Understanding millennials in the workplace has been saved
Understanding millennials in the workplace
A generations’ search for authenticity
Deloitte’s most recent study on millennials and Gen Z reveals the resounding emotions and desires from a widely discussed audience.
Investing in future generations
In Deloitte’s 2019 Global Millennial Survey many respondents broadly expressed a resounding lack of faith in traditional institutions such as mass media and are pessimistic about social progress. The 2019 report captures the views of more than 13,000 millennials in 42 countries and territories, and opinions from 3,000 Gen Z respondents from 10 countries.
For CMOs who strive to deliver experiences that inspire trust and loyalty from customers, they’re running up against a staggering lack of confidence from the millennials and Gen Zs caught in the crossfire of social commotion. Yet marketers and other business leaders have an opportunity to allay these deep-seated suspicions and can play a pivotal role in restoring trust, by investing in tools to help younger generations acquire the skills they need to succeed and ensuring that their organizations’ well-meaning wishes become meaningful action.
The Deloitte Global Millennial Survey 2019View report
Priorities and relationships evolve
Millennials and Gen Zs are no less ambitious than previous generations: More than half want to earn high salaries and become wealthy. Yet their priorities have evolved, and one of the biggest themes to emerge from the survey is a profound sense of uncertainty about the future.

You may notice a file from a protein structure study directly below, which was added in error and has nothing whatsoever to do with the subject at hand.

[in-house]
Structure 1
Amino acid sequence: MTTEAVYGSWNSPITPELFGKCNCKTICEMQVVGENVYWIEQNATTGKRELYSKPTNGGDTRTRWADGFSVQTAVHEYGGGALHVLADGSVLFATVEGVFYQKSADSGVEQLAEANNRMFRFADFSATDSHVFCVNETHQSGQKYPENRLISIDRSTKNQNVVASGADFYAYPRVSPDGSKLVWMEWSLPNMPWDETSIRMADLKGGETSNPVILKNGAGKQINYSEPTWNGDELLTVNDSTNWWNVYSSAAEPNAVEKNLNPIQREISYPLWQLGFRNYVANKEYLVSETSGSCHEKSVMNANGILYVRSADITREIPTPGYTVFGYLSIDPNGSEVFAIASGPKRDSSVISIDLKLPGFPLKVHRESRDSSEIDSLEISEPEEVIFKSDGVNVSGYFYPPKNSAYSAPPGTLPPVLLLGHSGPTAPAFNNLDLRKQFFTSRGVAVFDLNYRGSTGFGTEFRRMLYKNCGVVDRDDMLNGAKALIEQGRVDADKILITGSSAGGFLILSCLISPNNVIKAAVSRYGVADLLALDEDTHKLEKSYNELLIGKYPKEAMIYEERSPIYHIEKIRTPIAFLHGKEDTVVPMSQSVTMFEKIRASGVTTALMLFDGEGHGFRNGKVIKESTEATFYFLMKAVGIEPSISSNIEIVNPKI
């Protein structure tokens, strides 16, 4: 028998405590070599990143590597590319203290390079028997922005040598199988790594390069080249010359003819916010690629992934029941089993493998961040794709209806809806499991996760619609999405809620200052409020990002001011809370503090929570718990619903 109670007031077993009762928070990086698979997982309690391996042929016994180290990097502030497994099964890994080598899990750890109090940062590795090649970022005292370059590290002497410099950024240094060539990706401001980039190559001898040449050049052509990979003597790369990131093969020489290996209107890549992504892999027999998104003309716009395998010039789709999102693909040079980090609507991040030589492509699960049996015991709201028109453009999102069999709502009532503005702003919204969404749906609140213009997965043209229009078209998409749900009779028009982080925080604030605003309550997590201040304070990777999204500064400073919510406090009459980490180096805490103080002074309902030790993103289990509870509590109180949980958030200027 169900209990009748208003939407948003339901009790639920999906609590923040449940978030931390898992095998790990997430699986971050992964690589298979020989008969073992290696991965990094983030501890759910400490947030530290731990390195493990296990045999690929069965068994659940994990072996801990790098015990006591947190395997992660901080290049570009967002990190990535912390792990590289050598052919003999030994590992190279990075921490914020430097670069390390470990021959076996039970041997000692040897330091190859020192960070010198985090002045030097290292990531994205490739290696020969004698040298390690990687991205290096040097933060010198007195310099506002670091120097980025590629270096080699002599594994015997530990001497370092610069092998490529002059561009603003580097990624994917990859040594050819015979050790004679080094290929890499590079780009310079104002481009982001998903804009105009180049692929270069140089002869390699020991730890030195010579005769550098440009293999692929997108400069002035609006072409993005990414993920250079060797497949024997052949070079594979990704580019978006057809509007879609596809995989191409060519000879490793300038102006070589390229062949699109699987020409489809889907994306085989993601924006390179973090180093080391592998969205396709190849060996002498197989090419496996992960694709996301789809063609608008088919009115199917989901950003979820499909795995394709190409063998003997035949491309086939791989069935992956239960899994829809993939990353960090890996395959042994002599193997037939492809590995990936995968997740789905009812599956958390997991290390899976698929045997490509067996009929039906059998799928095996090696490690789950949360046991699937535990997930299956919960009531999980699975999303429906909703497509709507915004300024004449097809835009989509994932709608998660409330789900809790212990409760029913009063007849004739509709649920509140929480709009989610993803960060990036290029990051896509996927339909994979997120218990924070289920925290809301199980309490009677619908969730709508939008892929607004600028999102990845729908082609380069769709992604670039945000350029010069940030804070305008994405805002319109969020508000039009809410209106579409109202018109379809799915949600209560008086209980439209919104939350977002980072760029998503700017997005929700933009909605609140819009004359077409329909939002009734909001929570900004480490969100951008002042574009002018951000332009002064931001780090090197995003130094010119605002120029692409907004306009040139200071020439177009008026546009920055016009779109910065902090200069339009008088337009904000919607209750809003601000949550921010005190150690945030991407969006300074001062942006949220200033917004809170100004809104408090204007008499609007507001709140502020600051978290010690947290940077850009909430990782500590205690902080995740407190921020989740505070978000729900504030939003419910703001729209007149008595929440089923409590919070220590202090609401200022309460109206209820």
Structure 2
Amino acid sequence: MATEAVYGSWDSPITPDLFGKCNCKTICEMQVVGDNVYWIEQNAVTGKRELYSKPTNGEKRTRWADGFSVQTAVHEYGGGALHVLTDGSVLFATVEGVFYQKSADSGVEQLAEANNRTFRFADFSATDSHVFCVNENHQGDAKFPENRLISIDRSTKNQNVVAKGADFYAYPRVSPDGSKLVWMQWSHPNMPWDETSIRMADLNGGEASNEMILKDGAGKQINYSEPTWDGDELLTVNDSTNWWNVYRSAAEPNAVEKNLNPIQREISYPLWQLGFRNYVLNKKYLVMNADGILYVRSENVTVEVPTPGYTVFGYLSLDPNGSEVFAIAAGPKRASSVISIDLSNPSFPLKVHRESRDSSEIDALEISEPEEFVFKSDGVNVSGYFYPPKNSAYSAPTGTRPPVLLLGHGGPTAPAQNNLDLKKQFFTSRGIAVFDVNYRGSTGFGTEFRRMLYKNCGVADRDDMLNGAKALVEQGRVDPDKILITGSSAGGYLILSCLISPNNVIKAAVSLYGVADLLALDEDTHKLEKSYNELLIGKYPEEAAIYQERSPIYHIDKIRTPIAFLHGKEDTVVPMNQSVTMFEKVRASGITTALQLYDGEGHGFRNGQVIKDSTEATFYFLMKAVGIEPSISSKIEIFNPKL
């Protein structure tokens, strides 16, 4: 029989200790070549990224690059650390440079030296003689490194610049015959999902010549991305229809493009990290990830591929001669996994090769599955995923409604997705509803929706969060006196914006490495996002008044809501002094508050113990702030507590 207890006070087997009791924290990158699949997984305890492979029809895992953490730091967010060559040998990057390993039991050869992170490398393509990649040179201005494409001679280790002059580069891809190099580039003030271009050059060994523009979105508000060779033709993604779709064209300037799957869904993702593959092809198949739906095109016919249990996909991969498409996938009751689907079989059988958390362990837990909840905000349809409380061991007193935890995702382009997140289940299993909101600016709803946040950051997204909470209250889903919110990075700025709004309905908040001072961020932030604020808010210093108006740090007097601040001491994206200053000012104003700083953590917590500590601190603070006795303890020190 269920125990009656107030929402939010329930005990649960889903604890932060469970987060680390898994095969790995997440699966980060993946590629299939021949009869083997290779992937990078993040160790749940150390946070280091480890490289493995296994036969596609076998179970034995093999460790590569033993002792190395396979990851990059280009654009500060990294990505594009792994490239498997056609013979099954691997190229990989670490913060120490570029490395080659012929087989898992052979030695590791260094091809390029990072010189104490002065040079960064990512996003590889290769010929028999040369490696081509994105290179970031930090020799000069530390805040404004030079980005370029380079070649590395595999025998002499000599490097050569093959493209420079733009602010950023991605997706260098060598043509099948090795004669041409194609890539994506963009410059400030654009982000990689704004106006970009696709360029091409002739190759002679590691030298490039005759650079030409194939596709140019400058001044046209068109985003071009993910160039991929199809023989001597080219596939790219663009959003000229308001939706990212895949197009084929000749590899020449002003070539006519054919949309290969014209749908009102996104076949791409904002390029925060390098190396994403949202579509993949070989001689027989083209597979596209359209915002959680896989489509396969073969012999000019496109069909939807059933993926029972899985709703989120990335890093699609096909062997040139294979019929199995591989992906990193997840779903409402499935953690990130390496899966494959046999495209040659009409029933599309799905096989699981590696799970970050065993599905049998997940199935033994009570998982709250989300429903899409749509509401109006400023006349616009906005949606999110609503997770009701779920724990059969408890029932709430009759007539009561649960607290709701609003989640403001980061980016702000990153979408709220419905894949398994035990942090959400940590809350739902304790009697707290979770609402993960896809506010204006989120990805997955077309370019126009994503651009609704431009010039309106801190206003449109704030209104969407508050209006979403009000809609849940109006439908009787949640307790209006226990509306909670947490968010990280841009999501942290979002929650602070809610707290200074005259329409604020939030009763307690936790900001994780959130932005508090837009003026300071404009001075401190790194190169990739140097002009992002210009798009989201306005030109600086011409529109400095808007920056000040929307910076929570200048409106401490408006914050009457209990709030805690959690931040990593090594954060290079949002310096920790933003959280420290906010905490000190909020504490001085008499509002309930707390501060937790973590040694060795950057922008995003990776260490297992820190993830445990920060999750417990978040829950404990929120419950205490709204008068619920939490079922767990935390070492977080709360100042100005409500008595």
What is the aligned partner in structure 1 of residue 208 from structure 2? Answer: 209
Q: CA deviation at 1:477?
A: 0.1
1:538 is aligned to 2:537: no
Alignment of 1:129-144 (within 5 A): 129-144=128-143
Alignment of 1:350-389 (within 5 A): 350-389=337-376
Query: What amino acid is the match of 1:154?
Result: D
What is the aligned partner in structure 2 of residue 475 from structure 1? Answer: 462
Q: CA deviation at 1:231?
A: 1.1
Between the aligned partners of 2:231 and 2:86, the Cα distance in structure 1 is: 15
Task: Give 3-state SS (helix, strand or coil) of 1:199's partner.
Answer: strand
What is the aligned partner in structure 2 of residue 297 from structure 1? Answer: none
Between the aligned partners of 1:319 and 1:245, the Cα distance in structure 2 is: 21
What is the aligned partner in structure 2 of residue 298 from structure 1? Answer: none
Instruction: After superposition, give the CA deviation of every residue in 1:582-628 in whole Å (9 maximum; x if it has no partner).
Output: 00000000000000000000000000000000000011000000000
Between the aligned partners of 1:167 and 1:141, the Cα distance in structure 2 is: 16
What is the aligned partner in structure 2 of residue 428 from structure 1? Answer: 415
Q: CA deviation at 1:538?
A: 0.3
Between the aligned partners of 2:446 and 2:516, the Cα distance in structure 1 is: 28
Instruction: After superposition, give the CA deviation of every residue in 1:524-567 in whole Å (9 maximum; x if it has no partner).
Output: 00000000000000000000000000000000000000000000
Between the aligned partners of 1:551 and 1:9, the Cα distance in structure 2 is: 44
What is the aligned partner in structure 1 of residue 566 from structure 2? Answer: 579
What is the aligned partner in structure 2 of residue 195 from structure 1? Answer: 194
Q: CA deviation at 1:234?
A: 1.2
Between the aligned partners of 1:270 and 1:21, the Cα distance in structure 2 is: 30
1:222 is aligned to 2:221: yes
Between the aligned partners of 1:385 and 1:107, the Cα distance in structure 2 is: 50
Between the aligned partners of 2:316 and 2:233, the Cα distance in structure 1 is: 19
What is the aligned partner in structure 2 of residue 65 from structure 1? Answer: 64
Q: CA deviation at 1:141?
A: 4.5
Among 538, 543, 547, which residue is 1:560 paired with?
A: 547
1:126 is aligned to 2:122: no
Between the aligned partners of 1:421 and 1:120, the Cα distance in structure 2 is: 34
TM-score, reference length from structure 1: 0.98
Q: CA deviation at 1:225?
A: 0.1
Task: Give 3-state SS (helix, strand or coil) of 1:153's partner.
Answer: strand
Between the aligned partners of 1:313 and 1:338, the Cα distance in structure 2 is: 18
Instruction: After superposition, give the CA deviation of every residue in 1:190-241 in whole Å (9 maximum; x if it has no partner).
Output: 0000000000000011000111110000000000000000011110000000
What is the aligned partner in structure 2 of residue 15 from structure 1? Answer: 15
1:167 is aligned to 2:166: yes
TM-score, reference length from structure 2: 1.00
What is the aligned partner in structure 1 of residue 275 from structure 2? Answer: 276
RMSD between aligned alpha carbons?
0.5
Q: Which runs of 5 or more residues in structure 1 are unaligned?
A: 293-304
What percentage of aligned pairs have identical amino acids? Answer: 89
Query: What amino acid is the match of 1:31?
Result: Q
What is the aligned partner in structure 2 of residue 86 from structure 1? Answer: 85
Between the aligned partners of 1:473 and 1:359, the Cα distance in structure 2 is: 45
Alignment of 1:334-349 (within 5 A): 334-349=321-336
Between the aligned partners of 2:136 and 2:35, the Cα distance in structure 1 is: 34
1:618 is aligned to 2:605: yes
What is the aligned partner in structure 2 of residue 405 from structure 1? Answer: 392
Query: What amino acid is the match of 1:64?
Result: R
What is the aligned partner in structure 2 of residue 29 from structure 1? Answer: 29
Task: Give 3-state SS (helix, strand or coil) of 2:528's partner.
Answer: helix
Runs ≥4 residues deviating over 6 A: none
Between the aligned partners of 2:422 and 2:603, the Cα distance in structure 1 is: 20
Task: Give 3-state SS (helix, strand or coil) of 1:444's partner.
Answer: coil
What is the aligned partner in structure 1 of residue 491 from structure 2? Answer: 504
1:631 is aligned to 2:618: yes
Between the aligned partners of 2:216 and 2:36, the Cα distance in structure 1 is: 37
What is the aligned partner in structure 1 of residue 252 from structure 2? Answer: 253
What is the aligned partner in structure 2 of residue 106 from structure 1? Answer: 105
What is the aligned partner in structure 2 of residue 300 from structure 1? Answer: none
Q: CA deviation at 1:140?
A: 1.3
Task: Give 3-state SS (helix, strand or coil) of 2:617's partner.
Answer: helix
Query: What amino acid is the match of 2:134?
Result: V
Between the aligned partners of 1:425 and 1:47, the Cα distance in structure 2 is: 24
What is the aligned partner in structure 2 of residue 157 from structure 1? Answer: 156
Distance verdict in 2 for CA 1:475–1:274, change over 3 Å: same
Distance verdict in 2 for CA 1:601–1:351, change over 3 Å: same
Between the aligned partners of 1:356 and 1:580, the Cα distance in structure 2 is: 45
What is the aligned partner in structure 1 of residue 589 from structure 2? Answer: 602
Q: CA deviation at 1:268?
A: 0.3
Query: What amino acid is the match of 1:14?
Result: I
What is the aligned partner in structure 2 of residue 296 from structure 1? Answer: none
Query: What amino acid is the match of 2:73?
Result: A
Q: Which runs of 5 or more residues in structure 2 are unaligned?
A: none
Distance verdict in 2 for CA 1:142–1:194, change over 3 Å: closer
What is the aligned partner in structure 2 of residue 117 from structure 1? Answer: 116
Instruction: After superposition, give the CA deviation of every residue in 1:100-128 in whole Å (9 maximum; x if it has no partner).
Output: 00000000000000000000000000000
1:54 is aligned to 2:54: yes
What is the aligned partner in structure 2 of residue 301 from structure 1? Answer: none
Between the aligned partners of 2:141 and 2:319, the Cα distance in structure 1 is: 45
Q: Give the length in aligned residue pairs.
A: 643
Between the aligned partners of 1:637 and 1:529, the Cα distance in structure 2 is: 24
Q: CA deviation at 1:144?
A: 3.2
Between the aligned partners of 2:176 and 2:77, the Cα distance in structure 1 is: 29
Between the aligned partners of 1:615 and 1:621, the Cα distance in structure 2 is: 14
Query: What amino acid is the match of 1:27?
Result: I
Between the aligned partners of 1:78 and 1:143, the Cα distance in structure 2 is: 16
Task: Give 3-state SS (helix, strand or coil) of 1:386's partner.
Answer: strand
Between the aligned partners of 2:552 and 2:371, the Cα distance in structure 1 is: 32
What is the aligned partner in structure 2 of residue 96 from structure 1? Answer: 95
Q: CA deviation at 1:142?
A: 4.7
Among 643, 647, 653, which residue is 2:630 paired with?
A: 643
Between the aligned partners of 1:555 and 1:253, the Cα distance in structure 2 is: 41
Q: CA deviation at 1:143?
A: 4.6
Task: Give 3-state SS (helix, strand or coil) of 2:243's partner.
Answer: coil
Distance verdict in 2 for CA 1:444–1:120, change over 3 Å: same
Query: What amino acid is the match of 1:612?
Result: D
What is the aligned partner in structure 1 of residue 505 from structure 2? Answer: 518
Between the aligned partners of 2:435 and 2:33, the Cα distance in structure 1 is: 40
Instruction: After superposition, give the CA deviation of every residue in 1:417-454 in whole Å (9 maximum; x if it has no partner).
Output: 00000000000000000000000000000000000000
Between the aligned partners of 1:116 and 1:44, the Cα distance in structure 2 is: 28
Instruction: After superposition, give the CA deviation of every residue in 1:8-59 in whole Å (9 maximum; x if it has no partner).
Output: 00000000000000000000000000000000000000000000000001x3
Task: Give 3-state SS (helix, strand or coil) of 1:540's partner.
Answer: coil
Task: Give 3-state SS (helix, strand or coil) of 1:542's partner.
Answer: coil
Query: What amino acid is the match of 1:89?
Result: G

Just over half of millennials (51 percent) anticipate their financial situations will worsen or not improve over the coming 12 months. Millennials are delaying the traditional adulthood “success markers,” valuing experiences instead. Consider for instance that travel and seeing the world is at the top of the list (57 percent) of aspirations, while slightly fewer than half say they want to own a home (49 percent).
Millennials and Gen Zs also feel disconnected from other traditional pillars of trust. Nearly three-quarters (73 percent) say that political leaders are failing to have a positive impact on the world, while two-thirds report the same view of faith leaders. Meanwhile, 43 percent say the mass media is having a negative impact on the world, and 27 percent express zero trust in the media as sources of reliable and accurate information.
As employers and consumer educators, CMOs can use their expertise to help organizations restore authenticity and credibility. Some businesses are doing this by assessing and measuring the “human experience” (HX) as it applies to their organizations—activating the values that truly motivate their customers, employees and partners. Communication matters, especially as younger generations may form and terminate relationships with companies for personal reasons related to a company’s social impact.
Future of work